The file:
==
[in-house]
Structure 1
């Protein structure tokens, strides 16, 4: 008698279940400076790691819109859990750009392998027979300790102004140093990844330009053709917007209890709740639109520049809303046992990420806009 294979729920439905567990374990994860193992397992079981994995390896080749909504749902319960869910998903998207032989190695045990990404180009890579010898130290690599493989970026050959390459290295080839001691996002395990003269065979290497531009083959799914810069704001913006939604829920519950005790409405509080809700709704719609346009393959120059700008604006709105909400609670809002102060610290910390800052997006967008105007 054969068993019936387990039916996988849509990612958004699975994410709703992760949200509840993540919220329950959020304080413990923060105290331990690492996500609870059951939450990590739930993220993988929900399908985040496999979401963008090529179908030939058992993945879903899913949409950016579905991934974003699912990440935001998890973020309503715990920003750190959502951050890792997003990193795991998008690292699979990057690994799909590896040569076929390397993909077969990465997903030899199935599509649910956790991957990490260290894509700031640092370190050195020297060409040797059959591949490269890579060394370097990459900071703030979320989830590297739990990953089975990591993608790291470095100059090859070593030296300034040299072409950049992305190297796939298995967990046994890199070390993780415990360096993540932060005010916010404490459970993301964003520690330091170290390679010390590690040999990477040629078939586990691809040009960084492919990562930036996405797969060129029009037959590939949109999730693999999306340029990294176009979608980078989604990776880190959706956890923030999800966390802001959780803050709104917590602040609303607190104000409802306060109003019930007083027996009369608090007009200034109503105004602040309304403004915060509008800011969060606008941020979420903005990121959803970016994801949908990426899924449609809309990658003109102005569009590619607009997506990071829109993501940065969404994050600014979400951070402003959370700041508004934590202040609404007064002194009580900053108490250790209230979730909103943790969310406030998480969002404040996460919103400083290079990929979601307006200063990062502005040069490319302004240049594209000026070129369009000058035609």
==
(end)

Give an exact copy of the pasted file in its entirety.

[in-house]
Structure 1
């Protein structure tokens, strides 16, 4: 008698279940400076790691819109859990750009392998027979300790102004140093990844330009053709917007209890709740639109520049809303046992990420806009 294979729920439905567990374990994860193992397992079981994995390896080749909504749902319960869910998903998207032989190695045990990404180009890579010898130290690599493989970026050959390459290295080839001691996002395990003269065979290497531009083959799914810069704001913006939604829920519950005790409405509080809700709704719609346009393959120059700008604006709105909400609670809002102060610290910390800052997006967008105007 054969068993019936387990039916996988849509990612958004699975994410709703992760949200509840993540919220329950959020304080413990923060105290331990690492996500609870059951939450990590739930993220993988929900399908985040496999979401963008090529179908030939058992993945879903899913949409950016579905991934974003699912990440935001998890973020309503715990920003750190959502951050890792997003990193795991998008690292699979990057690994799909590896040569076929390397993909077969990465997903030899199935599509649910956790991957990490260290894509700031640092370190050195020297060409040797059959591949490269890579060394370097990459900071703030979320989830590297739990990953089975990591993608790291470095100059090859070593030296300034040299072409950049992305190297796939298995967990046994890199070390993780415990360096993540932060005010916010404490459970993301964003520690330091170290390679010390590690040999990477040629078939586990691809040009960084492919990562930036996405797969060129029009037959590939949109999730693999999306340029990294176009979608980078989604990776880190959706956890923030999800966390802001959780803050709104917590602040609303607190104000409802306060109003019930007083027996009369608090007009200034109503105004602040309304403004915060509008800011969060606008941020979420903005990121959803970016994801949908990426899924449609809309990658003109102005569009590619607009997506990071829109993501940065969404994050600014979400951070402003959370700041508004934590202040609404007064002194009580900053108490250790209230979730909103943790969310406030998480969002404040996460919103400083290079990929979601307006200063990062502005040069490319302004240049594209000026070129369009000058035609």